When Darrell Royal left Starkville in 1955 after two years as MSU's head football coach, he was a lot like Mullen: A young guy trying to make a name for himself.
Royal went 12-8 at State, then he spent a year as a Washington assistant, and then was hired as head coach at Texas in 1957. He went on to have a pretty good career in Austin: three national championships, 11 Southwest Conference titles, 16 bowl games, and a stadium named after him.
No coach since has had that kind of success after leaving MSU. In fact, no coach since Royal has even landed a head post at another Division I-A school after being MSU's head coach. And no MSU coach since Royal has had a winning tenure in Starkville.
That's a span that covers eight coaches, from Royal's successor, Wade Walker, to Mullen's predecessor, Sylvester Croom.
Jackie Sherrill had a nice run, leading MSU to the SEC championship game in 1998. But he had a pedestrian 75-75-2 record (43-59-1 in SEC games), and his 13-year tenure ended with a whimper and NCAA probation.
So, naturally, Mississippi State has earned the reputation of being a place that's tough to win, a place where coaching careers go to fizzle out.
Enter Mullen. Early returns suggest he's got a long, successful career ahead of him, which is why his name keeps popping up when jobs come open at high-profile programs like Miami and Florida, and it's why fans fear he might soon leave.
His departure would then stick MSU with the label of a stepping-stone job, but that's a risk former State athletics director Greg Byrne was willing to take.
"I've made the comment before, I want in every sport that we have, I want other people to look at say, 'Boy, I wish we had a coach like Mississippi State has,'" current AD Scott Stricklin said. "That hasn't always been the case. That's part of the price of success. It's something that I hope we have to experience a lot, because I hope we have a lot of successful coaches."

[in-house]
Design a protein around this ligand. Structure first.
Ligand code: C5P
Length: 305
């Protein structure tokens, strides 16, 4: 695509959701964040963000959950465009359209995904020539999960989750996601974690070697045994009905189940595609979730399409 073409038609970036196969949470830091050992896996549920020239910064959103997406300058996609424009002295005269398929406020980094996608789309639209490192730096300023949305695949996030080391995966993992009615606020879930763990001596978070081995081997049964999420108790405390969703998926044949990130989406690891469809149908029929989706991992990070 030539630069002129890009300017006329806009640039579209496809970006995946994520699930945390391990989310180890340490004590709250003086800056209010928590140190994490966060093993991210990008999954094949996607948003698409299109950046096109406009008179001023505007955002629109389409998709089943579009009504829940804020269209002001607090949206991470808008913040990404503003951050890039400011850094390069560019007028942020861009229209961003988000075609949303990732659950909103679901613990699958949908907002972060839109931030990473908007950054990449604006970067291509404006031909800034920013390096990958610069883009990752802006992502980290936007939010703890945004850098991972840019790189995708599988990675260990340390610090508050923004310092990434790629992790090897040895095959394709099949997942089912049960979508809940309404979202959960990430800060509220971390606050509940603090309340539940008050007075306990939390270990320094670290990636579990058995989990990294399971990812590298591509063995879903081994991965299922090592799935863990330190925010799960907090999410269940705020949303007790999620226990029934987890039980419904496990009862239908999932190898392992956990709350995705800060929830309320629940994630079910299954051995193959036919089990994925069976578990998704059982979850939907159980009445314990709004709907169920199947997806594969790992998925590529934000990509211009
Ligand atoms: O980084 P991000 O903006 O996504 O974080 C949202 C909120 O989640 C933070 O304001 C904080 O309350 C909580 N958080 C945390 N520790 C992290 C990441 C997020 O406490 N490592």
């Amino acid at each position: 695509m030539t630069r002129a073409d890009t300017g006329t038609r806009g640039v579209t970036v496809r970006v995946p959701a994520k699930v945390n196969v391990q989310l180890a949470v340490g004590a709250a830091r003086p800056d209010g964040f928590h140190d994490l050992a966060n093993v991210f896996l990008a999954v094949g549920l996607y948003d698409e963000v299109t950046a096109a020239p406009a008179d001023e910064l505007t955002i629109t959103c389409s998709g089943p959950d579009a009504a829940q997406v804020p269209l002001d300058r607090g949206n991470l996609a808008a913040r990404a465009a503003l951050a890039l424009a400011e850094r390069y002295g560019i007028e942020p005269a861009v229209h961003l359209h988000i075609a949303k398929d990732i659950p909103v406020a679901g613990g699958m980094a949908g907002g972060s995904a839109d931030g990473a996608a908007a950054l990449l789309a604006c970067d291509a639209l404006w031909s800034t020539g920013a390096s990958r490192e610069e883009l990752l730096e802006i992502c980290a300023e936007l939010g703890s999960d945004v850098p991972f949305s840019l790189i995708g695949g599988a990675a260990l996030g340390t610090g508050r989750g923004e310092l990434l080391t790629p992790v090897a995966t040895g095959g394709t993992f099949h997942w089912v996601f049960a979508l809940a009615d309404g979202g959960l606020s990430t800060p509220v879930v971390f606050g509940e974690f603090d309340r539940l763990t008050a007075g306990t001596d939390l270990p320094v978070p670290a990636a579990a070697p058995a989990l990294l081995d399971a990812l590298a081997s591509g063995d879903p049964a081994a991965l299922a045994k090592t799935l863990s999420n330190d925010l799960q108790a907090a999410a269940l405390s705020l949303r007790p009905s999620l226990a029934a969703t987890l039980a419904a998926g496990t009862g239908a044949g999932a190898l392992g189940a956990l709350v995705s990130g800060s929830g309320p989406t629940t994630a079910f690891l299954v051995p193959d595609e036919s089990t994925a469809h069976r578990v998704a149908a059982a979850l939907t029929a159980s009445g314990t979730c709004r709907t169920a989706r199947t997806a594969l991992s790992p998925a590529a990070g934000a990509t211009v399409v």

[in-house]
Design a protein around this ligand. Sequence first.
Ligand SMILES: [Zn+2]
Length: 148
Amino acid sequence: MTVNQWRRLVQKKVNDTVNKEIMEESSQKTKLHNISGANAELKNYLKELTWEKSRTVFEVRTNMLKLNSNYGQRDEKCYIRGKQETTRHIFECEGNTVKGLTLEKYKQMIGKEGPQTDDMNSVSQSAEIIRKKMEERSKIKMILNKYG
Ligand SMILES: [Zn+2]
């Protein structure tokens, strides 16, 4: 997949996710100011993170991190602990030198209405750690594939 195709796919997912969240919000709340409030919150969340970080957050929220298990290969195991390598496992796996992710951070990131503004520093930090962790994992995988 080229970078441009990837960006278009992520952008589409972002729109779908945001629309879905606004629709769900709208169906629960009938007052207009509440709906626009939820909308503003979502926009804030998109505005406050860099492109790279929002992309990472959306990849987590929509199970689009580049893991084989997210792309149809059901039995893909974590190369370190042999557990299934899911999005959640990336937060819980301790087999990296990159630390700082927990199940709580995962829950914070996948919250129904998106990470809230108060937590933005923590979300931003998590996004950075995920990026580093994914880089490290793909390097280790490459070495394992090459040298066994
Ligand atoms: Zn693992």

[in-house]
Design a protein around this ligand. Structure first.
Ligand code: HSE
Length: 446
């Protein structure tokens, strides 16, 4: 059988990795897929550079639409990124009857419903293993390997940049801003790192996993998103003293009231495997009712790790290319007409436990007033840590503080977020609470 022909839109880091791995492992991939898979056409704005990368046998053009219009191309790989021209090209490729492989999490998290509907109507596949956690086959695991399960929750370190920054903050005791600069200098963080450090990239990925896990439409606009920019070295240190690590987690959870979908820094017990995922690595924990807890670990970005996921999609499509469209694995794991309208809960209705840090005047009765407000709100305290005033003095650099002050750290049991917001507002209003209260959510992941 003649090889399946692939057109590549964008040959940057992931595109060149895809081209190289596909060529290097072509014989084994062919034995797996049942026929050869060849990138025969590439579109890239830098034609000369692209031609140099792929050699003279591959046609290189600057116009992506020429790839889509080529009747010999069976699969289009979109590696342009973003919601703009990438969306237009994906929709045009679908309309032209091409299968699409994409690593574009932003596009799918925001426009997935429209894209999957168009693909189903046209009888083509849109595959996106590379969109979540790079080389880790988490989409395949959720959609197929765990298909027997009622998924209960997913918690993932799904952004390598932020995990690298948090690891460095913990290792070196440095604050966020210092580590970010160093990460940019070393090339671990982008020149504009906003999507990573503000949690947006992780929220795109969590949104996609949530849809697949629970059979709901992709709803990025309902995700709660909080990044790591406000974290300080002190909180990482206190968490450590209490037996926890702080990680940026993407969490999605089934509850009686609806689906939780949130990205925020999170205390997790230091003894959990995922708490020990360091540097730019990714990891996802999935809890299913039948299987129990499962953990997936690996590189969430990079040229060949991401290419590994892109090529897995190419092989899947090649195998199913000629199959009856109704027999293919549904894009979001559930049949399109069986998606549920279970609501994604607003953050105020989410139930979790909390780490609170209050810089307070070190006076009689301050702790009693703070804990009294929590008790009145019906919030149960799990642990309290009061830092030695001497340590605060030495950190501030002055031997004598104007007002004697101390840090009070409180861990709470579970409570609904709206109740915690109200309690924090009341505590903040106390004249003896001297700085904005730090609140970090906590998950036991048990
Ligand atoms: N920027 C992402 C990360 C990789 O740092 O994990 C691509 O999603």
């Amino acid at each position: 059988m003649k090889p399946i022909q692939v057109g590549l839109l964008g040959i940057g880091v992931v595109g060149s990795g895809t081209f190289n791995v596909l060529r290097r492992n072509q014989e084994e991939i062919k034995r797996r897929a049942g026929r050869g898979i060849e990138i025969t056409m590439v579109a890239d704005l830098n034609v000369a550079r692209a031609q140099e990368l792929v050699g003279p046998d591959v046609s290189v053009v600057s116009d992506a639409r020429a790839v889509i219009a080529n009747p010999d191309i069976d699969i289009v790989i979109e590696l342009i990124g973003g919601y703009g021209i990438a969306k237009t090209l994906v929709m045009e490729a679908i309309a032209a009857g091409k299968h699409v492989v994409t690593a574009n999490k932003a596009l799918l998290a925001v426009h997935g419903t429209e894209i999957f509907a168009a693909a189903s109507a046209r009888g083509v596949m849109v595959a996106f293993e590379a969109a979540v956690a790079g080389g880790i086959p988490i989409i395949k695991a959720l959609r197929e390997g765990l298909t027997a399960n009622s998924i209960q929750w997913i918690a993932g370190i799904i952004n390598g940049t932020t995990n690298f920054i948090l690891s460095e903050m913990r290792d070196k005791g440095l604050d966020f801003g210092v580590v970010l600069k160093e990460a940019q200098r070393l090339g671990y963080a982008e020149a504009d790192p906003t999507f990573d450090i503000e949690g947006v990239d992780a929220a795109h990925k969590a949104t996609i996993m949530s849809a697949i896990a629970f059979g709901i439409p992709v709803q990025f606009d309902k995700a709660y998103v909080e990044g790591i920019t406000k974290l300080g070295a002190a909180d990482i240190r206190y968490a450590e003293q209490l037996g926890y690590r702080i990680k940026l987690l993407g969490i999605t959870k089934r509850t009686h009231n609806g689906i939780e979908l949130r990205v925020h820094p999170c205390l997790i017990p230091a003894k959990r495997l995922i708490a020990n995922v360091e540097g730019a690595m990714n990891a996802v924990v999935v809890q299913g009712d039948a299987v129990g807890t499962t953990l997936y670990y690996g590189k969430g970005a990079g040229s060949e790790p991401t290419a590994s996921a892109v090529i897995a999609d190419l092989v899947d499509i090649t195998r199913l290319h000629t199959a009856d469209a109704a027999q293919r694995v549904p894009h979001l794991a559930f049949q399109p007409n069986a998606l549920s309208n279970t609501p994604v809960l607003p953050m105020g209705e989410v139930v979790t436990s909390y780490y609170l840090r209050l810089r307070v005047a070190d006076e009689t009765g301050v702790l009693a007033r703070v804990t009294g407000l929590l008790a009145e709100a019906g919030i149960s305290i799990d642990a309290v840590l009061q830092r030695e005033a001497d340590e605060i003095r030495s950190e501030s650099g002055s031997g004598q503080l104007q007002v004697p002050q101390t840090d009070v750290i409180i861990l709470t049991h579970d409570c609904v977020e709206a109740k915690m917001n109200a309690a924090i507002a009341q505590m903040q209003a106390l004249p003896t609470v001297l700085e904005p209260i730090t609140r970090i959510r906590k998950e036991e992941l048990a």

The hope, though, is that MSU can retain Mullen for a long time. Mullen has said repeatedly that he plans to be in Starkville for as long as his bosses will have him. And Stricklin believes that the current college football landscape, which is as level as ever, makes sustained success a very achievable goal at MSU.
A man with a good perspective on that is Rockey Felker, the Bulldogs' director of player personnel and high school relations. He played for State and was its head coach from 1986-90.
"I don't know if there's quite as much difference in the programs in the SEC as there once was," Felker said. "I think college football has shown the ups and downs of top programs around. I don't care where you are, if you're at Texas or wherever you are, if you don't recruit well and make good choices, you're not going win, and you're not going to be a winning program.
"It ought to give us, a program like Mississippi State, certainly hope."
Breaking a losing trend
If Mullen does continue to rebuff other schools, can he actually turn MSU into a consistent winner?
Since Royal left, MSU has strung together two or more consecutive winning seasons just three times: 1980-81 (Emory Bellard), 1991-92 (Sherrill) and 1997-2000 (Sherrill).
This year's 8-4 record marks the second time in the past 10 seasons that State's been above .500.
"We've won before, and we've gone to big bowl games before, and we've been to the SEC championship game. But we haven't done it as consistently as we would've liked," said Stricklin, who's an MSU graduate.